The second layer of time we encounter for the first time in Parshat Bo, which is the annual calendar. This new way of marking months and years is tied directly to the experience of the Exodus, its preparations, the final night in Egypt, and the days and weeks that follow. The months do not have names; they are devoid of any connection to anything other than the Exodus itself. They are markedly monotheistic, whereas months of other cultures bear names that connect to a pagan pantheon of gods. (This is not unlike the names of the days of the week, which are all related to Greek, Roman, an Nordic god names. The Jewish weekdays are all numbered, except for Shabbat.) It is upon this lunar-solar hybrid calendar that the Jewish festival cycle is built. This layer of Jewish time creates an endlessly repeating series of opportunities to encounter our most sacred stories: Creation of the Universe, the Exodus from Egypt, Receiving Torah at Sinai, Exile from the Land and Return to it. This cycle also ties us to the Land of Israel and its agricultural cycle, which keeps us connected to it, no matter where we are.

The third layer of Jewish time is our weekly Torah reading cycle, which is actually a combination of the Torah reading cycles from the communities of Babylon and the communities of Eretz Yisrael. Each week, you know that in every Jewish community around the world, all eyes are on Parshat Bo (whether it is all, one third of it or a selection thereof), and those who are engaged with it are considering how it informs and impacts their lives today. The Torah reading cycle creates, in a very real sense, the world’s largest Book Group, and which gathers to discuss the reading on a weekly basis.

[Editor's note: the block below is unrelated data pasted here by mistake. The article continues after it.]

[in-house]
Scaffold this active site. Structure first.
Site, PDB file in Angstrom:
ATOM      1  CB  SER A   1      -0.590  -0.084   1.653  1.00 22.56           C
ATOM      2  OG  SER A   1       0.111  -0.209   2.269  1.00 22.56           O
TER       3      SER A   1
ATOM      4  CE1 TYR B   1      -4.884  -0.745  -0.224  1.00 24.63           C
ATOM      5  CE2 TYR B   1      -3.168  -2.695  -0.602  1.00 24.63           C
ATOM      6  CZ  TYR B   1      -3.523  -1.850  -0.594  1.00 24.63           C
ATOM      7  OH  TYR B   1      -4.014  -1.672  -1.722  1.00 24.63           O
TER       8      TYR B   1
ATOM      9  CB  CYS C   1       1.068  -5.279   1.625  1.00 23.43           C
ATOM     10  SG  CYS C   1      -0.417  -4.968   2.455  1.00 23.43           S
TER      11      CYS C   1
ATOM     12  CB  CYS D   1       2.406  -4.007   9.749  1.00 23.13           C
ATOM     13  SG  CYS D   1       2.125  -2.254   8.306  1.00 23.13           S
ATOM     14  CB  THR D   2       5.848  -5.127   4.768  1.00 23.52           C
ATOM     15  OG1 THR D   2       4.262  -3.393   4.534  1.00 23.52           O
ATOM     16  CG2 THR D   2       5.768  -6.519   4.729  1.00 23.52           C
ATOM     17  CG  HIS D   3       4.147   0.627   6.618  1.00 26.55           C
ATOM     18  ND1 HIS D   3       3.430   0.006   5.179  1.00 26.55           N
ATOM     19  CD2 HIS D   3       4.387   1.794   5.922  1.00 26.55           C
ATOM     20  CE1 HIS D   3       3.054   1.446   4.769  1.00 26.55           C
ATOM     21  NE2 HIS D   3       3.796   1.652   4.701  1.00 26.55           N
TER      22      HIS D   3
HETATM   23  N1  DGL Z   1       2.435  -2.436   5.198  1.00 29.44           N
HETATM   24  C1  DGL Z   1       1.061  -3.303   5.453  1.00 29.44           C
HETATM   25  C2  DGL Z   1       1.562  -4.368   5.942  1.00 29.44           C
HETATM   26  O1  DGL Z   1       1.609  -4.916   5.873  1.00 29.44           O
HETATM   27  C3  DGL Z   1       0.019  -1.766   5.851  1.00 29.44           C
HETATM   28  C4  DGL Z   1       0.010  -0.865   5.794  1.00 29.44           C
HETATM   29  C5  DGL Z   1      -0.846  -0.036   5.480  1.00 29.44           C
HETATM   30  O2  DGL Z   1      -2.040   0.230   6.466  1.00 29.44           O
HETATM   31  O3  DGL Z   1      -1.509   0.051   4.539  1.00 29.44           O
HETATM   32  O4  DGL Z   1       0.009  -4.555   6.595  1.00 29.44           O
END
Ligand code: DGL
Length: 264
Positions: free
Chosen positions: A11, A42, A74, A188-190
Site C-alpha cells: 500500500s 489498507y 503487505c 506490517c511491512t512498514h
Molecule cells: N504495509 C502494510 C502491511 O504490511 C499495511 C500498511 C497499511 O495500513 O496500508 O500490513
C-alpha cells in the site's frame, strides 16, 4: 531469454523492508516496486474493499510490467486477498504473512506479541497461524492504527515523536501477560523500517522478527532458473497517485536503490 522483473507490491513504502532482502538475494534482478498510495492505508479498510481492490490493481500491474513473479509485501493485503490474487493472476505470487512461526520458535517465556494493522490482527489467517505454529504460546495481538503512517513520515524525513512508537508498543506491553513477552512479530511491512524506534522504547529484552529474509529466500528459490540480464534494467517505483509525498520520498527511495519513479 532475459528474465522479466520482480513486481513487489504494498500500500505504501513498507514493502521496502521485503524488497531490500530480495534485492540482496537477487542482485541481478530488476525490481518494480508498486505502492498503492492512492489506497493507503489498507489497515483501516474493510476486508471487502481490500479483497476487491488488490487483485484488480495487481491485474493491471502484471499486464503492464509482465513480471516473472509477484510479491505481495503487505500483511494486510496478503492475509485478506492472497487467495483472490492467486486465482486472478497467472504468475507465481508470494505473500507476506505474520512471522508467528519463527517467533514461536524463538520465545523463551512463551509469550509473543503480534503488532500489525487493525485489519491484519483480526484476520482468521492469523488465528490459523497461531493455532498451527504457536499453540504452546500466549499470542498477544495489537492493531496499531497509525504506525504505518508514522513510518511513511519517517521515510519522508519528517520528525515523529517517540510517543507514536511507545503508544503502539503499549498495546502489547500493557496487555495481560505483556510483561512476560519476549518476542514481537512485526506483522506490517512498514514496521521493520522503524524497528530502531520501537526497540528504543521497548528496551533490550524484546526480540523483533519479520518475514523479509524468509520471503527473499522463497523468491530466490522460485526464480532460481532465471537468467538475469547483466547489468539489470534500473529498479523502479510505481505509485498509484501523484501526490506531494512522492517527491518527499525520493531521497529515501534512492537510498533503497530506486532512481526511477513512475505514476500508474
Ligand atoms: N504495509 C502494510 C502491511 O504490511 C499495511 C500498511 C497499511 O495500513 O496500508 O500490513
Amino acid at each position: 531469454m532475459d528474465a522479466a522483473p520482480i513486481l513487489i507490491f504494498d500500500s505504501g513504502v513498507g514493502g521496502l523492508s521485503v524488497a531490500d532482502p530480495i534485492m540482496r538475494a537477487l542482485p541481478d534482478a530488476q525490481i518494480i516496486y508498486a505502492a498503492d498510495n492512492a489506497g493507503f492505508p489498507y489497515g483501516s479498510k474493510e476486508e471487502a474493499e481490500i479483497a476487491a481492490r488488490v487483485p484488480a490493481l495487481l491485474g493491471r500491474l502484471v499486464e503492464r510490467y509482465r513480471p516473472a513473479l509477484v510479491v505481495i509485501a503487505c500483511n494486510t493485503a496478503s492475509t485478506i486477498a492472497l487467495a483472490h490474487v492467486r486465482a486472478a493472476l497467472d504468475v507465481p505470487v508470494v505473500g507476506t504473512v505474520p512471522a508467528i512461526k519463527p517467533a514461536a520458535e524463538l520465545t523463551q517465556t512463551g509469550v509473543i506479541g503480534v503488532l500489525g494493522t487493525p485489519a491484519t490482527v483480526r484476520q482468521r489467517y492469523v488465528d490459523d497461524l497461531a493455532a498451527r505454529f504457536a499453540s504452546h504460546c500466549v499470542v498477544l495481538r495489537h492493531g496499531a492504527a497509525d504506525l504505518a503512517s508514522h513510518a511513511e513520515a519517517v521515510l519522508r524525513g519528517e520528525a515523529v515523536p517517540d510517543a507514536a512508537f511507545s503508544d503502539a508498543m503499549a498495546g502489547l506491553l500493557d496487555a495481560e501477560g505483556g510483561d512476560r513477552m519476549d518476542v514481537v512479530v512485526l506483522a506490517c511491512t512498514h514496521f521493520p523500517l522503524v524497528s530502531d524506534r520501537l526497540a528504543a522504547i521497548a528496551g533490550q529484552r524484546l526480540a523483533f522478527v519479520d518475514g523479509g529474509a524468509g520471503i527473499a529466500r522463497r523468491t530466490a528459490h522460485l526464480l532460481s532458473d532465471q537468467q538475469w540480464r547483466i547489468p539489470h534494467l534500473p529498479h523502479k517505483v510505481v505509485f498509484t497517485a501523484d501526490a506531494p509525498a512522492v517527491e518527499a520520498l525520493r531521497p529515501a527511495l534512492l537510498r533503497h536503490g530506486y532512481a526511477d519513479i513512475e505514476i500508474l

The fourth layer of Jewish time is the Jewish life cycle. Beginning with birth and taking each of us through every milestone of life up to that final moment of our lives, every turning point in life is not only framed by the context of our individuals lives, but by the meaning of that moment for the entire Jewish people. A Bat Mitzvah celebration is a communal event, not only a private one. A shiva is not a solitary experience, but one meant to be shared with the entire community. A wedding is both taking us back to the Garden of Eden, with the possibility of a new world being created, and to the future, where the city of Jerusalem rejoices as love of celebrated again in her streets.

Being tuned in to these four layers of Jewish time, all of which interact with each other at each moment, is a critical piece of Jewish consciousness and identity. For example, tonight begins Shabbat (Layer 1), and this is Parshat Bo (Layer 2), where we encounter the build up towards the moment of the Exodus. We are coming up to Tu Bishvat, the new year for trees in the land of Israel and Purim, a topsy-turvy festival that speaks about how life is experienced in the Jewish diaspora (Layer 3). And this weekend, one family is feeling the loss of a mother and grandmother, another is celebrating at a family Bar Mitzvah, couples are getting to know their newborns or anticipating the birth of a baby, and some are going to celebrate their first Shabbat as part of the Jewish people (Layer 4).

May the rich tapestry of Jewish time be a continual source of connection, inspiration and consolation for us this day and every day.